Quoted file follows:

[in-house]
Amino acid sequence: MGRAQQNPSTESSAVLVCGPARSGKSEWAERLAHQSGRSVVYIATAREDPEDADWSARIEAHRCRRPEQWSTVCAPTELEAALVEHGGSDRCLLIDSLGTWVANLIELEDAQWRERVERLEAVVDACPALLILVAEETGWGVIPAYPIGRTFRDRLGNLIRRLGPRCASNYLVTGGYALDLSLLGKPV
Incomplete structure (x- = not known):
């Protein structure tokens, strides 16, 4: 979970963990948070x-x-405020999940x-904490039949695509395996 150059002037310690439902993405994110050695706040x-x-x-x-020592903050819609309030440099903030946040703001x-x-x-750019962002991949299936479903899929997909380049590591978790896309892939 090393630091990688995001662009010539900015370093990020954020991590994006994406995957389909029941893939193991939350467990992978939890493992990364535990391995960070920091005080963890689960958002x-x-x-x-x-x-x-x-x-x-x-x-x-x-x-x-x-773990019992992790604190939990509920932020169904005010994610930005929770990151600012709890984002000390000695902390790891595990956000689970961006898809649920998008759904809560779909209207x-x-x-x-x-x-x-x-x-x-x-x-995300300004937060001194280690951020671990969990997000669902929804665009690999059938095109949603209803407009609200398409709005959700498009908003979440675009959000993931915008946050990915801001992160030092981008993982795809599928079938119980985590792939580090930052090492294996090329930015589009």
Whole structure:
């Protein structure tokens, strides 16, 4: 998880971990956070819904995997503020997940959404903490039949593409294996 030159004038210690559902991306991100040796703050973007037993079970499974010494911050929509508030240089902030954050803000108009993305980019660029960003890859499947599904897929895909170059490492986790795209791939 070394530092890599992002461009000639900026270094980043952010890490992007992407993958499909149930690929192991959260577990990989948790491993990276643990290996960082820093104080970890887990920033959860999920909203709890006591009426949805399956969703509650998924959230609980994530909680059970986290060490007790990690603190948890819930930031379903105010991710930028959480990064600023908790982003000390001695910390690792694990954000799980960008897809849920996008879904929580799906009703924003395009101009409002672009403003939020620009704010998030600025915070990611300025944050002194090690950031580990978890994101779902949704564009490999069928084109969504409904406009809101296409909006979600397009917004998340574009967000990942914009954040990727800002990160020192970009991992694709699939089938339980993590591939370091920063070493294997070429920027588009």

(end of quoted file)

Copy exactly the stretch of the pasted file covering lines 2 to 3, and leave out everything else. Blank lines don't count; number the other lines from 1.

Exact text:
Amino acid sequence: MGRAQQNPSTESSAVLVCGPARSGKSEWAERLAHQSGRSVVYIATAREDPEDADWSARIEAHRCRRPEQWSTVCAPTELEAALVEHGGSDRCLLIDSLGTWVANLIELEDAQWRERVERLEAVVDACPALLILVAEETGWGVIPAYPIGRTFRDRLGNLIRRLGPRCASNYLVTGGYALDLSLLGKPV
Incomplete structure (x- = not known):